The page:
How home buyers can save $100,000

Young couple at home, surrounded by cardboard boxes, man lifting woman in excited hug.
Could first home buyers use an extra $100,000 in their pocket? (Image: Getty)

The decline in the housing market due to the coronavirus might be the perfect opportunity to make a permanent change to save home buyers up to $100,000.

That's according to buyers agent and Your Property Your Wealth director Daniel Walsh, who told Yahoo Finance that Australian states must consider scrapping stamp duty.

"Stamp duty has long been the bane of most property owner’s existences with buyers having to fork out tens of thousands of additional dollars for the supposed “privilege” of purchasing a piece of real estate," he said.

"In some cases, in exclusive Sydney suburbs for example, buyers are stumping up more than $100,000 every time they purchase a home. In many other locations, you won’t get much change from $20,000 to $40,000, depending on the property’s price point."

The problem is that the tax levels were set decades ago when housing was much cheaper, so now in the eyes of stamp duty rules, all buyers are purchasing 'luxury' housing.

"Over the decades, as the price of property has increased, the percentage rate of stamp duty has generally stayed the same, which has resulted in the cost of stamp duty soaring."

AMP Capital chief economist Dr Shane Oliver told the same message to Domain last month.

"Stamp duty is a terrible tax, it should be repealed and this is the perfect time to do it," he said.

"The problem with stamp duty is that it’s a massive impost on a single transaction which inhibits economic decision-making in a less-than-optimal way."

Walsh said removing stamp duty would mean first home buyers could purchase sooner because that money would go towards their deposit.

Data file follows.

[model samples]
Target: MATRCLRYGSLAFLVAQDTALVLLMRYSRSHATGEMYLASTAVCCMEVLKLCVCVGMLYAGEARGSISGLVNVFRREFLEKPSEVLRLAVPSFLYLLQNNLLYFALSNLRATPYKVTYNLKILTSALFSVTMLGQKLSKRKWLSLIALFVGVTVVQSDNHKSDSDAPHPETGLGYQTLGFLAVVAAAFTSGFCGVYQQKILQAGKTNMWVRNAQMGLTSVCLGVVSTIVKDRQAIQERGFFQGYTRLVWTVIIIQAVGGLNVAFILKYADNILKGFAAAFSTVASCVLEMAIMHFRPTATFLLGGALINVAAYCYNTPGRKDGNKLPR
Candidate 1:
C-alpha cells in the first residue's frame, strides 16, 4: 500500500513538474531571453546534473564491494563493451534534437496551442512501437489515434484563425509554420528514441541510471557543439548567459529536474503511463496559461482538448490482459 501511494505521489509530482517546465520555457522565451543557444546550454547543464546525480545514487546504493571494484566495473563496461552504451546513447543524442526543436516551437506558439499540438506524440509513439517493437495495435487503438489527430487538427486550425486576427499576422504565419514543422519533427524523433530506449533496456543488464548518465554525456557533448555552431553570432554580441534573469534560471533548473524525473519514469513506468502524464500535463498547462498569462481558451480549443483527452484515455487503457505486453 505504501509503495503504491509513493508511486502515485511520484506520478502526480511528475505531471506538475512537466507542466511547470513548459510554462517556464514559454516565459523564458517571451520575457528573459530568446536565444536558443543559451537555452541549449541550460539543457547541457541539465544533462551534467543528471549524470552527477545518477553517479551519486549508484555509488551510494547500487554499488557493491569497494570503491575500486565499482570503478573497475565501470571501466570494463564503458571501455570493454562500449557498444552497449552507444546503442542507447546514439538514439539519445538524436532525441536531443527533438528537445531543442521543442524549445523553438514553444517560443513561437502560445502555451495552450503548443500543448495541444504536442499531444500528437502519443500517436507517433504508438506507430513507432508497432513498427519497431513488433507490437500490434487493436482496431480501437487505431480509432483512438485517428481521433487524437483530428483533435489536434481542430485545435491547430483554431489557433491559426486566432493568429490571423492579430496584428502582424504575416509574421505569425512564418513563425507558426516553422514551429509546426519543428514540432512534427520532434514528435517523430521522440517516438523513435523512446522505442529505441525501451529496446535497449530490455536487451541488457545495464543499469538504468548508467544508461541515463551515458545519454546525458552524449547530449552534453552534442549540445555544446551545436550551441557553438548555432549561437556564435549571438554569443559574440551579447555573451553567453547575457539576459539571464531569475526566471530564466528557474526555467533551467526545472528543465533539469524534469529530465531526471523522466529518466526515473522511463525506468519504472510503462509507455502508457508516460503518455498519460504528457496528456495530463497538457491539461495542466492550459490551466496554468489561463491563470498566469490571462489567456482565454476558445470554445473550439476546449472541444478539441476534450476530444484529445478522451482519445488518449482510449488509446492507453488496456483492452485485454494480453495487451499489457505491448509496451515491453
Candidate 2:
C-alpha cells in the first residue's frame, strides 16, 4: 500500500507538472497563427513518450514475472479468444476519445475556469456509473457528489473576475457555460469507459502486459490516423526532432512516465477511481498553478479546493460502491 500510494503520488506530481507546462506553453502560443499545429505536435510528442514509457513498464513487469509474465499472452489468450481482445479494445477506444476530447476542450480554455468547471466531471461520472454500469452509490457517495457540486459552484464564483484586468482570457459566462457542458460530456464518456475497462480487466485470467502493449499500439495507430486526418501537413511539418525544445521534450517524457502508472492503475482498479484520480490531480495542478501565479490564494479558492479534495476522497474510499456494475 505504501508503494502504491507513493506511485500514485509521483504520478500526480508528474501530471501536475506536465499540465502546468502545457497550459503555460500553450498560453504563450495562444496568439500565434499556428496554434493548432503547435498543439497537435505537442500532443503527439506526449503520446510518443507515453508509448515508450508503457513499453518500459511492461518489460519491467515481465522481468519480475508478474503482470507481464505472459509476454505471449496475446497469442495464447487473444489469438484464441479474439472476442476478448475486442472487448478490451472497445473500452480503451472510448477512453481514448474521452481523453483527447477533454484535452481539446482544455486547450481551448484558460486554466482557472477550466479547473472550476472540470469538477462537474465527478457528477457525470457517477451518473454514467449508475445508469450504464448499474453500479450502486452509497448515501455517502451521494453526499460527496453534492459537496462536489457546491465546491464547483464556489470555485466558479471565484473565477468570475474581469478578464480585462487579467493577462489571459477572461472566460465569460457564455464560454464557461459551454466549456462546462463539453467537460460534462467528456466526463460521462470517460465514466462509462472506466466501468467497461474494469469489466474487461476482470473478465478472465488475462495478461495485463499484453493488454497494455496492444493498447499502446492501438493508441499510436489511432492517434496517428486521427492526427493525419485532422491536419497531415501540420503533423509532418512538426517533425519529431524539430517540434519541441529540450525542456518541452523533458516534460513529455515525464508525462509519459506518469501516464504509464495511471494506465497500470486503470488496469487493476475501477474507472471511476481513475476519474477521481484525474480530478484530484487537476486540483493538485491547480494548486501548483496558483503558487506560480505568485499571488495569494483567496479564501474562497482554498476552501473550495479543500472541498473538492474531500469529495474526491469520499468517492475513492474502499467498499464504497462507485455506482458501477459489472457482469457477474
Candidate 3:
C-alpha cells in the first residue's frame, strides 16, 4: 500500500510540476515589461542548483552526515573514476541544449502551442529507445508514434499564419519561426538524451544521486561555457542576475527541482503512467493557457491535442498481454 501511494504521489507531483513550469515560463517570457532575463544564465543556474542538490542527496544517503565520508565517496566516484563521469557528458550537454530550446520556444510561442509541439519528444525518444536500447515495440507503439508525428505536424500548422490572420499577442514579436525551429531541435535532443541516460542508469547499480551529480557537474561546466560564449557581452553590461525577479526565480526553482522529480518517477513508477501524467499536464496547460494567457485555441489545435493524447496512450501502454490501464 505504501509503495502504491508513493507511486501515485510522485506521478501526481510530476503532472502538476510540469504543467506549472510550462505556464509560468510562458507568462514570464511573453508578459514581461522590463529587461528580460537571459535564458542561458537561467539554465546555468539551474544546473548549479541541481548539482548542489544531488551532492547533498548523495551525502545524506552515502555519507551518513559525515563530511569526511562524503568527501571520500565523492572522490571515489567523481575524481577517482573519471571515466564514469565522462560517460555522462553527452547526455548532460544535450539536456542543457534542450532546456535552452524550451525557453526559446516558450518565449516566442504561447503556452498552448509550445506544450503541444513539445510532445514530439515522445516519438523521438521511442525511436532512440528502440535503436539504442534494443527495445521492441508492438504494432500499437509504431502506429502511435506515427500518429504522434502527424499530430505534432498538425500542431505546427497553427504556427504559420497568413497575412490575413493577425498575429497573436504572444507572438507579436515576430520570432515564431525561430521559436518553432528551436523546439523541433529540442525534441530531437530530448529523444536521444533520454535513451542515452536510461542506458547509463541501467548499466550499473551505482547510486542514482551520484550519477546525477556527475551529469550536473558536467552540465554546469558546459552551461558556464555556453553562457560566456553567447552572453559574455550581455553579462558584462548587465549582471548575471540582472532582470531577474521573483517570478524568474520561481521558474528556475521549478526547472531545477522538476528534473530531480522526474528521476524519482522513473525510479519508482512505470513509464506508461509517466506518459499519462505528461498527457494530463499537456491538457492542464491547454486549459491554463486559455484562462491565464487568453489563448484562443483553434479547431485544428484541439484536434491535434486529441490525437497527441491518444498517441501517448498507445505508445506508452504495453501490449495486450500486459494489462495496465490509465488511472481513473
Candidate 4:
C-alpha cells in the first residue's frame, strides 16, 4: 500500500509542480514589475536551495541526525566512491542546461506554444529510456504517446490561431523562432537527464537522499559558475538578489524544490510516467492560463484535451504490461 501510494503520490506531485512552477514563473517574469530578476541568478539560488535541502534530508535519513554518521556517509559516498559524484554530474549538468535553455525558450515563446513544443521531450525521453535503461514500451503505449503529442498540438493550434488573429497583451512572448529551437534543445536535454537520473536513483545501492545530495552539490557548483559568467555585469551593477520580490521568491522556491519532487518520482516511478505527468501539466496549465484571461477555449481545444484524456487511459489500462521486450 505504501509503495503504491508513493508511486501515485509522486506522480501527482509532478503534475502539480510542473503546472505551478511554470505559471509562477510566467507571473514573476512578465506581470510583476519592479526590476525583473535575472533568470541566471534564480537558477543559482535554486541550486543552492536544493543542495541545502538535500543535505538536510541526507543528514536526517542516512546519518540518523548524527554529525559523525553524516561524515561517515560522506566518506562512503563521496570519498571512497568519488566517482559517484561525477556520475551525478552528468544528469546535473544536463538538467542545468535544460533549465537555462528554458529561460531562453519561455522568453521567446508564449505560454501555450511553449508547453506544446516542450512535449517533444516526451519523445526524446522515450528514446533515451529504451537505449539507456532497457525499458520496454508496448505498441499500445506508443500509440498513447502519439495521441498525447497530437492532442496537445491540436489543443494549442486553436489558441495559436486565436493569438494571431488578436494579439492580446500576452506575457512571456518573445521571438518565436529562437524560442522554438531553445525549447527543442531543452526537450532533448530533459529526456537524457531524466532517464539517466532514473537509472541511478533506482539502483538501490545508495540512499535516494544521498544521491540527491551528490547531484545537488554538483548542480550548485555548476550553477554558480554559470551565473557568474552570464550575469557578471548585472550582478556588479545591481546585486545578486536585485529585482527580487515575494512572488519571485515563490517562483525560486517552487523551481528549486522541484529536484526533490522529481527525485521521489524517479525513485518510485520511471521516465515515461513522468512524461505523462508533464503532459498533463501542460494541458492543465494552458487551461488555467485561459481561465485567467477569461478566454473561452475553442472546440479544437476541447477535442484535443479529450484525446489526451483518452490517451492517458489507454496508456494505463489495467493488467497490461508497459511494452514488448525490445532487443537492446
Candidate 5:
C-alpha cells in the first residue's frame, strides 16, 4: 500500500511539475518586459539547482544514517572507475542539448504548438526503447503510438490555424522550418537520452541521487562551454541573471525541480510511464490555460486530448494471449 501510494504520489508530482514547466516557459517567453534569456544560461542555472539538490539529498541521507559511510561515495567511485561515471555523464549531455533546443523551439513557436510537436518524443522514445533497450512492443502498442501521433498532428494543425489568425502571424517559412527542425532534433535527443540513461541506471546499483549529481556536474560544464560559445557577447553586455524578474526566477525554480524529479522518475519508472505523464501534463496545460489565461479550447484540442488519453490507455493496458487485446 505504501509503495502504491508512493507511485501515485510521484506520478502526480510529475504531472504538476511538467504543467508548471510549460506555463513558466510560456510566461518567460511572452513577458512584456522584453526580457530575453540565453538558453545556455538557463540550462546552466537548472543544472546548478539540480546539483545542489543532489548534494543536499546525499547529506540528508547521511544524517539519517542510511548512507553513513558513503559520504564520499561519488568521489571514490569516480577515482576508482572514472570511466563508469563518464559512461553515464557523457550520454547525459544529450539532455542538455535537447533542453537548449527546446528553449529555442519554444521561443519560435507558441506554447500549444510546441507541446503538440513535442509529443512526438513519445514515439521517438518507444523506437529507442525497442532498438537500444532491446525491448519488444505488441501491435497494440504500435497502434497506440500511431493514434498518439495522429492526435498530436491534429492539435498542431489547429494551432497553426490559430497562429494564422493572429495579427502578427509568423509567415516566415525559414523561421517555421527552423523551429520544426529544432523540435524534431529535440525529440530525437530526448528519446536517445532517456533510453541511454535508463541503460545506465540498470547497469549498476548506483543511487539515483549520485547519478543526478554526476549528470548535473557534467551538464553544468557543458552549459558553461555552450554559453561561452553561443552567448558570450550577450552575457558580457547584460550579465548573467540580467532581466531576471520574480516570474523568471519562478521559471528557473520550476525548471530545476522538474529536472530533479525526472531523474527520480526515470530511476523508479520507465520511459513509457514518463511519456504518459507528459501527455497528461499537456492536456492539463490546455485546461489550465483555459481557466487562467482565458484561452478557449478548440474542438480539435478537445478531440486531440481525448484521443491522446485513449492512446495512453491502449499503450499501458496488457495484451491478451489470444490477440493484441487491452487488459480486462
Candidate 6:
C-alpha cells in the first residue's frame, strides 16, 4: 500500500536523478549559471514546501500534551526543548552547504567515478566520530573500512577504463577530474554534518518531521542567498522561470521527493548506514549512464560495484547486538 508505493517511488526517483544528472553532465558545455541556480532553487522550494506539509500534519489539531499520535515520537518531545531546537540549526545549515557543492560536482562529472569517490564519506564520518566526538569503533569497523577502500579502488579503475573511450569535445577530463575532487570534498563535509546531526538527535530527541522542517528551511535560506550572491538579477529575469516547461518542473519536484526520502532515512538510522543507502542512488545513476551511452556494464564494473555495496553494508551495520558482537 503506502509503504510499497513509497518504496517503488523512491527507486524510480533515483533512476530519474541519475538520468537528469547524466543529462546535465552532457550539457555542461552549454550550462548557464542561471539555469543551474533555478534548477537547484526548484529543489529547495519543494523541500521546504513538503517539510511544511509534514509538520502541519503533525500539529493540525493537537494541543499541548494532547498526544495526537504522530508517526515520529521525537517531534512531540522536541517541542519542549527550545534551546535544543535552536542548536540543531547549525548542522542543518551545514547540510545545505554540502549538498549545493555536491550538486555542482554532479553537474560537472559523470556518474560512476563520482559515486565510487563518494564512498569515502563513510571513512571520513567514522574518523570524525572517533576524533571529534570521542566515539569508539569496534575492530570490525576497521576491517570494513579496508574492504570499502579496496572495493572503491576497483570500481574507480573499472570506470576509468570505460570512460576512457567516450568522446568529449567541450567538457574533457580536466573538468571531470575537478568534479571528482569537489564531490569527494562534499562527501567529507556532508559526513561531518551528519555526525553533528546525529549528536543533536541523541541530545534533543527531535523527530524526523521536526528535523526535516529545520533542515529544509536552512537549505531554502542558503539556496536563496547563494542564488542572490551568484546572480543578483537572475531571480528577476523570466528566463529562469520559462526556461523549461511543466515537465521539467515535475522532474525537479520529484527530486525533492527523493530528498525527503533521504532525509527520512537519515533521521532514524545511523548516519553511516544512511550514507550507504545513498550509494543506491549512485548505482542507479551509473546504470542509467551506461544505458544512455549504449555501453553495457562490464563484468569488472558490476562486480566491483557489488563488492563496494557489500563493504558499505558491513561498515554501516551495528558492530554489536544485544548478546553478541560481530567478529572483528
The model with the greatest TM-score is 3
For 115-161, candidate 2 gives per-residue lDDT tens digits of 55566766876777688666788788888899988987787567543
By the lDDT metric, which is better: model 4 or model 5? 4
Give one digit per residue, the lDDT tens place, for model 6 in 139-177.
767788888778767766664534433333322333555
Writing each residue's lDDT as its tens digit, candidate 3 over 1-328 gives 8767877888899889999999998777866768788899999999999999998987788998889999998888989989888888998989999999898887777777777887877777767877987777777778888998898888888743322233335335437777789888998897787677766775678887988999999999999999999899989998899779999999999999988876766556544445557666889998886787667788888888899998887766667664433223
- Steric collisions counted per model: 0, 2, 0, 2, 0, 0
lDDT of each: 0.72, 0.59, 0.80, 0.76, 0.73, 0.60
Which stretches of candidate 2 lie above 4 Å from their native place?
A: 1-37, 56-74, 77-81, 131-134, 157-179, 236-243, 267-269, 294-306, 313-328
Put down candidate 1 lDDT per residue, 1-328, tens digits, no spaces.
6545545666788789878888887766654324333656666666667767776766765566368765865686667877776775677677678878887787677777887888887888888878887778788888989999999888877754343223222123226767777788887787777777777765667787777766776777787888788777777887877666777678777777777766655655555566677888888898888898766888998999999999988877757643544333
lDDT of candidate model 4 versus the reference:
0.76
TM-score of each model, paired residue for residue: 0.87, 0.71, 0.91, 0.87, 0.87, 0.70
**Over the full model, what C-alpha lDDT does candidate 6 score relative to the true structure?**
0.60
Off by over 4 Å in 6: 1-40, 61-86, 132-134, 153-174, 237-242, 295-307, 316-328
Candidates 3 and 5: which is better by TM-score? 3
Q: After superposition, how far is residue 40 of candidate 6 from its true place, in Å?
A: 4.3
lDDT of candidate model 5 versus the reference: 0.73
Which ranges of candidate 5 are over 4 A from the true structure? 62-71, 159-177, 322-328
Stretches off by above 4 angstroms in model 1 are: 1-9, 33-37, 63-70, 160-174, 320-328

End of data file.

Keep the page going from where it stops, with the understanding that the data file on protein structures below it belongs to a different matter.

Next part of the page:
"For example, in Queensland, the stamp duty on a $500,000 home is about $18,000.

"Say, a would-be buyer had saved $68,000, but no longer needed to pay stamp duty, their purchasing power has increased by a staggering 26 per cent."

However, some experts are against the idea of eliminating stamp duty, arguing it could inflate property prices and put it further out of reach of many Australians.

"If you take stamp duty away, you’re going to take away a massive barrier to entry and increase demand for property," Metropole Property Strategists director Michael Yardney wrote for Yahoo Finance this week.

"This could push property prices higher and create an artificial property bubble as demand soars."

State governments rely heavily on stamp duty for revenue, so how can this income be replaced?

The proposal from most experts who want stamp duty scrapped is an annual land tax.

"How that will look in practice is not clear, but it’s likely to include an annual fee of a few hundred dollars for all property owners based on the rateable value of their land," said Walsh.

"That system would ultimately be more equitable whilst also providing the income that government’s need from year to year."

Yardney said the current system is already fair, and a land tax would punish people who are not in the property market – or who have already paid massive stamp duty.

"If you don’t buy property, you don’t pay it," he wrote of stamp duty.

"It may not be fun, but it is fair.

"Now, rather than a discretionary tax, every single person in Australia is going to end up paying a little extra for broader taxes that bite at everyone’s budget."

Big reforms usually occur in democracies because of a change in government, but this is a unique chance to enact meaningful change without political upheaval, according to Walsh.

"While all of us would prefer that coronavirus never existed, its impact long-term on our society may also include leaving a legacy of a fairer taxation system for everyone."

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